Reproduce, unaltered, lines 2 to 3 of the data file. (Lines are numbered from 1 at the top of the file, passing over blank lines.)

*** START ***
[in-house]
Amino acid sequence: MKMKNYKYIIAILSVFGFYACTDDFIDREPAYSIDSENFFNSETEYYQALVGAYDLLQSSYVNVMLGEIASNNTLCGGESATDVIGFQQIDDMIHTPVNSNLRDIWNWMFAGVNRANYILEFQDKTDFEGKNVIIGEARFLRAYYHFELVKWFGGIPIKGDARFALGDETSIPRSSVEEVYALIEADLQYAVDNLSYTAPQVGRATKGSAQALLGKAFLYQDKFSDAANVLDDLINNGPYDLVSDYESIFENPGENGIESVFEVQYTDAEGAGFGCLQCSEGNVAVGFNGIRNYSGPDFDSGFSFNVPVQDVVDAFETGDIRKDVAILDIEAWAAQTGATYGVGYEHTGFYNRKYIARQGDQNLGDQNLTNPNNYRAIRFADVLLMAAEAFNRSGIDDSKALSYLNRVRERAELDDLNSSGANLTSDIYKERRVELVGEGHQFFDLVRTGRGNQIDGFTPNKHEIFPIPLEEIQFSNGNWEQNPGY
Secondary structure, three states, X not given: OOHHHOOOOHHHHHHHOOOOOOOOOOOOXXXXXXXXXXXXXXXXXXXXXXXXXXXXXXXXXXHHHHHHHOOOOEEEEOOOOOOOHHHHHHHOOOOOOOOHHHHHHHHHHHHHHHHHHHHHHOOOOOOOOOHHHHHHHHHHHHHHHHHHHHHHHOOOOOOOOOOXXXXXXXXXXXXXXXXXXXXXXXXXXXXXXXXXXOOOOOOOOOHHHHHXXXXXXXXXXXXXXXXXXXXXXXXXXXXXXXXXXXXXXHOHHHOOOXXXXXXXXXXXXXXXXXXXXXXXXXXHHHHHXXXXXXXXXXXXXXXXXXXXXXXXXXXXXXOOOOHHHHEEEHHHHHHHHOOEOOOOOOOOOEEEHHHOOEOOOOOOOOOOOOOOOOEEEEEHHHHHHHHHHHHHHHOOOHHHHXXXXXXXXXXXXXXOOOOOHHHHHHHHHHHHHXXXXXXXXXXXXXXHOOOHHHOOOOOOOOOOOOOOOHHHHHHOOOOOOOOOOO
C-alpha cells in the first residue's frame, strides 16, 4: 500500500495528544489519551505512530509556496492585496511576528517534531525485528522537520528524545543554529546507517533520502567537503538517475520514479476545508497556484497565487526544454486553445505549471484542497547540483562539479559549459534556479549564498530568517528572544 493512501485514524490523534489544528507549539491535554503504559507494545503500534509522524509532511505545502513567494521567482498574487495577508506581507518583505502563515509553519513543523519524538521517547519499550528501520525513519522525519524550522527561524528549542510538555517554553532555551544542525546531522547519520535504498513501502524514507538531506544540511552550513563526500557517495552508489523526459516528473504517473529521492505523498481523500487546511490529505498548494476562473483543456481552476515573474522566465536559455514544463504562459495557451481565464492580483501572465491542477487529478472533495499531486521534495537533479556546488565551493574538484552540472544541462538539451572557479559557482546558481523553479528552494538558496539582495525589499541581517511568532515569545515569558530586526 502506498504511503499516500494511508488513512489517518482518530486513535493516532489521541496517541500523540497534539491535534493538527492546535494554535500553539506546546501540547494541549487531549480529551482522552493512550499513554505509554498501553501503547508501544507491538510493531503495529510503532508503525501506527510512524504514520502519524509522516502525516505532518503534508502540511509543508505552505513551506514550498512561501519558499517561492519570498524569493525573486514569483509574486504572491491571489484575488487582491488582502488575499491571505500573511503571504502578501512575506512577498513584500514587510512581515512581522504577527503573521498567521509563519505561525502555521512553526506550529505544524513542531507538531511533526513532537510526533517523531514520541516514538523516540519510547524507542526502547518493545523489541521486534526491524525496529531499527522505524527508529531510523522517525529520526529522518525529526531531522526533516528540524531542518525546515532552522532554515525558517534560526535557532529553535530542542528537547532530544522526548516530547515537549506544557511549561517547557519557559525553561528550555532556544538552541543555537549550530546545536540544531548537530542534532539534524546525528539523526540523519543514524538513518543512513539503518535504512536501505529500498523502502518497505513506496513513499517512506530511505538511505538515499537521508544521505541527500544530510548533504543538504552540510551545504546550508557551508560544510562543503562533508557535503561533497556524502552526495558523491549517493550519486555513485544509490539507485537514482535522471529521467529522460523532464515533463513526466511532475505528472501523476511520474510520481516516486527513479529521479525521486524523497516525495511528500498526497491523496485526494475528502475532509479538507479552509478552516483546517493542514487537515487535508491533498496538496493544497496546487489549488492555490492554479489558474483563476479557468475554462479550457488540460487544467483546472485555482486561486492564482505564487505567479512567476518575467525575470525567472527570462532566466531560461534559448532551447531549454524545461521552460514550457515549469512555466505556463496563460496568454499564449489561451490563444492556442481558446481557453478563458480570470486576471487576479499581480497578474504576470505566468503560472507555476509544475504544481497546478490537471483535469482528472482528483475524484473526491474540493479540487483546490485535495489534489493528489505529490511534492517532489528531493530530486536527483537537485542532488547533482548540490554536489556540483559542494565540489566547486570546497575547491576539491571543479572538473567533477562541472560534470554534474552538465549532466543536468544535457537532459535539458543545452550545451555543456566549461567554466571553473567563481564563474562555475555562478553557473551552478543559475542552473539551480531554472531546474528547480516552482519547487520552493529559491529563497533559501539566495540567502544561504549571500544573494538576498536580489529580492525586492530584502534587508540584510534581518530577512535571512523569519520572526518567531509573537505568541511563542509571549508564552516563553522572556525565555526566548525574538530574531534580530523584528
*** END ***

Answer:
Amino acid sequence: MKMKNYKYIIAILSVFGFYACTDDFIDREPAYSIDSENFFNSETEYYQALVGAYDLLQSSYVNVMLGEIASNNTLCGGESATDVIGFQQIDDMIHTPVNSNLRDIWNWMFAGVNRANYILEFQDKTDFEGKNVIIGEARFLRAYYHFELVKWFGGIPIKGDARFALGDETSIPRSSVEEVYALIEADLQYAVDNLSYTAPQVGRATKGSAQALLGKAFLYQDKFSDAANVLDDLINNGPYDLVSDYESIFENPGENGIESVFEVQYTDAEGAGFGCLQCSEGNVAVGFNGIRNYSGPDFDSGFSFNVPVQDVVDAFETGDIRKDVAILDIEAWAAQTGATYGVGYEHTGFYNRKYIARQGDQNLGDQNLTNPNNYRAIRFADVLLMAAEAFNRSGIDDSKALSYLNRVRERAELDDLNSSGANLTSDIYKERRVELVGEGHQFFDLVRTGRGNQIDGFTPNKHEIFPIPLEEIQFSNGNWEQNPGY
Secondary structure, three states, X not given: OOHHHOOOOHHHHHHHOOOOOOOOOOOOXXXXXXXXXXXXXXXXXXXXXXXXXXXXXXXXXXHHHHHHHOOOOEEEEOOOOOOOHHHHHHHOOOOOOOOHHHHHHHHHHHHHHHHHHHHHHOOOOOOOOOHHHHHHHHHHHHHHHHHHHHHHHOOOOOOOOOOXXXXXXXXXXXXXXXXXXXXXXXXXXXXXXXXXXOOOOOOOOOHHHHHXXXXXXXXXXXXXXXXXXXXXXXXXXXXXXXXXXXXXXHOHHHOOOXXXXXXXXXXXXXXXXXXXXXXXXXXHHHHHXXXXXXXXXXXXXXXXXXXXXXXXXXXXXXOOOOHHHHEEEHHHHHHHHOOEOOOOOOOOOEEEHHHOOEOOOOOOOOOOOOOOOOEEEEEHHHHHHHHHHHHHHHOOOHHHHXXXXXXXXXXXXXXOOOOOHHHHHHHHHHHHHXXXXXXXXXXXXXXHOOOHHHOOOOOOOOOOOOOOOHHHHHHOOOOOOOOOOO